Self-made millionaire: Here’s how to guarantee you’ll be ‘poor’ making $2 million a year

Being wealthy is not determined by the amount in your paycheck. So says Scott Galloway, a serial entrepreneur who reportedly sold his company, L2, Inc., for more than $130 million.

“What is the definition of wealthy? The definition of affluent is having passive income that is larger than your burn.” Galloway suggests spending less than you earn. Galloway cites his father and stepmother as ideal examples. They each receive $48,000 per year in social security and pension income.

“They spend forty thousand dollars per year. They are wealthy. They have enough money without having to leave the house to work. In September, Galloway spoke with CNBC Make It. Nevertheless, Galloway claims that even millionaires can be “poor” if their expenses are high enough.

“I also have friends here in New York who make between $1 million and $3 million a year as investment bankers or law firm partners,” Galloway says, referring to earnings that would place them in the top 1% of all wage earners in the US, according to October 2018 Economic Policy Institute research.

But, according to Galloway, “between alimony to their ex-wife, their house in the Hamptons, their fat co-op on the Upper West Side [of Manhattan], and private school tuition, they may make $2 million, but they spend [$]2.1 million — they are poor because they have the stress of knowing that if the economy hiccups or they lose their job, there are deep s—.”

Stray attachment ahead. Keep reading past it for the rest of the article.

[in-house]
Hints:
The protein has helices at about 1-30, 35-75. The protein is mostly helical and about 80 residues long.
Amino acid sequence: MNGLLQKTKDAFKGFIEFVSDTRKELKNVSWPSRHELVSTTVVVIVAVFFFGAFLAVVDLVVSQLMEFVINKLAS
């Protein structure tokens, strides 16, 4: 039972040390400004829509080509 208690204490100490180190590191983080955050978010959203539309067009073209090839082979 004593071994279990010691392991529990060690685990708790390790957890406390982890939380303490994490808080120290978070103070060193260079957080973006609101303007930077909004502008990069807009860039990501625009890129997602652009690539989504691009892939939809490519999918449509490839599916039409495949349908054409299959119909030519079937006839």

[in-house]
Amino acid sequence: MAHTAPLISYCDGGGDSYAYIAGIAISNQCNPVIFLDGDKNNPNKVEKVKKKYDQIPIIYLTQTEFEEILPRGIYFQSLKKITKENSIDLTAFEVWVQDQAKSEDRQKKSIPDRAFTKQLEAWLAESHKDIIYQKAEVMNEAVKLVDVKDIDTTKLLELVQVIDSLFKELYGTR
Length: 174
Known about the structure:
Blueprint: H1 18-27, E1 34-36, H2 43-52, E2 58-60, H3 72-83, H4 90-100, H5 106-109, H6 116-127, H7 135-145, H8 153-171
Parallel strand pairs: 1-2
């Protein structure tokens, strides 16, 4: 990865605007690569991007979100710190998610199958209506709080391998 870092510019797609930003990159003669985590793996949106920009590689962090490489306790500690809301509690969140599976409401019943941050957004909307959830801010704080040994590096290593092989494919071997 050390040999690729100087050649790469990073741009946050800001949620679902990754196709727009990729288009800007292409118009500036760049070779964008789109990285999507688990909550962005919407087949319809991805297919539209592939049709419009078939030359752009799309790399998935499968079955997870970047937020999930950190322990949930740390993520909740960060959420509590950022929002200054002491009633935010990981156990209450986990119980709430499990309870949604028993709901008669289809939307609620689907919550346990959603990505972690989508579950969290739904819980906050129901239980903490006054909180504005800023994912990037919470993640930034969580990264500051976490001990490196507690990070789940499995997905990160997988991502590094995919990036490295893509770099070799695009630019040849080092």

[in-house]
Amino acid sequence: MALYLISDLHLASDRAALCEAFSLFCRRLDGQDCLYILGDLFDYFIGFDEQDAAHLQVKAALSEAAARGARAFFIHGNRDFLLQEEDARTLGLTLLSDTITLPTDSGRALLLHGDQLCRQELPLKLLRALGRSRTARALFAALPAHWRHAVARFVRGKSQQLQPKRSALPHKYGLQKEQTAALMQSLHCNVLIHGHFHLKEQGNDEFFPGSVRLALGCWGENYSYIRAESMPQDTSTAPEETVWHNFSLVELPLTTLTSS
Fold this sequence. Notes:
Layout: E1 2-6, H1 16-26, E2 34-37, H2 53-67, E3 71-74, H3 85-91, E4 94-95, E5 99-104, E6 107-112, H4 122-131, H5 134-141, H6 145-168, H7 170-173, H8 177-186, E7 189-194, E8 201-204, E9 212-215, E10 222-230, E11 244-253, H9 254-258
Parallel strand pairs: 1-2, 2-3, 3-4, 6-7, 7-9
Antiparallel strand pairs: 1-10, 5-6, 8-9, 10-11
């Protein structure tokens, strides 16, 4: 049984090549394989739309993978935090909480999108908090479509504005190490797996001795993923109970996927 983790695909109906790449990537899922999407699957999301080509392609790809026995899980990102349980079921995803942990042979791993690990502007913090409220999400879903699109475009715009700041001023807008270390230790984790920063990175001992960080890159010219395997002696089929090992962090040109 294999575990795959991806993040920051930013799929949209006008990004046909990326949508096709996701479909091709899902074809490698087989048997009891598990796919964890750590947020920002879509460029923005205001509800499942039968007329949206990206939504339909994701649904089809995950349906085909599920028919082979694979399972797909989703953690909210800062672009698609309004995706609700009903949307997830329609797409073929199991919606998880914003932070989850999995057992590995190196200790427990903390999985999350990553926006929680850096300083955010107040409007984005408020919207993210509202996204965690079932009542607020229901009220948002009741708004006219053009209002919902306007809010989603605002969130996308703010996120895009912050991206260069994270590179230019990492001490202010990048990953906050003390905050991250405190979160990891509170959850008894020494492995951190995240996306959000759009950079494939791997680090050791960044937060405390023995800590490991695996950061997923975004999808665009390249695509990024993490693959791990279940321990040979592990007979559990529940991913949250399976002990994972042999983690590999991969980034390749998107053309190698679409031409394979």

To sum up, earning a lot of money does not make you “rich” if you spend more than you earn and rely on a wage. Galloway advises: “Concentrate on your burn.

And have an honest dialogue with yourself about achieving actual wealth and being rich, which is when your passive income from rental properties and [stock] dividends from some fraction of the money you get from stocks exceeds your burn.”

At the same time, resist the temptation to let your spending outpace your earnings. “It’s also easy to fall into the trap of believing that as I get older, I get more amazing and make more money,” says Galloway, a marketing professor at NYU Stern School of Business.

“Children are preoccupied with their money. Adults are likewise concerned with the other side of the ledger — particularly “r”-burning.” The trick, according to Galloway, is to start saving a little bit each month while you are young. “So, how do you maximize your chances of being rich while having no microphone security at some point?

Most of us feel that when we are younger, we will have the big win, hit home runs, and have a large liquidity event. But, once again, presume that this will not occur, as Galahad explains.

Thus, “every month, pay yourself first. Make an effort to save a little money. Saving a little money at a young age can go a long way if you don’t have that large liquidity event, “Galloway explains.

“Then I can promise you that time will fly by and your savings will grow faster than you expect. So it’s difficult, and I’m not claiming that most people have the discipline to do it.

Those who have the discipline to put a little bit away every month and every day and start focused on building passive income will be affluent, regardless of whether they have that huge hit.”

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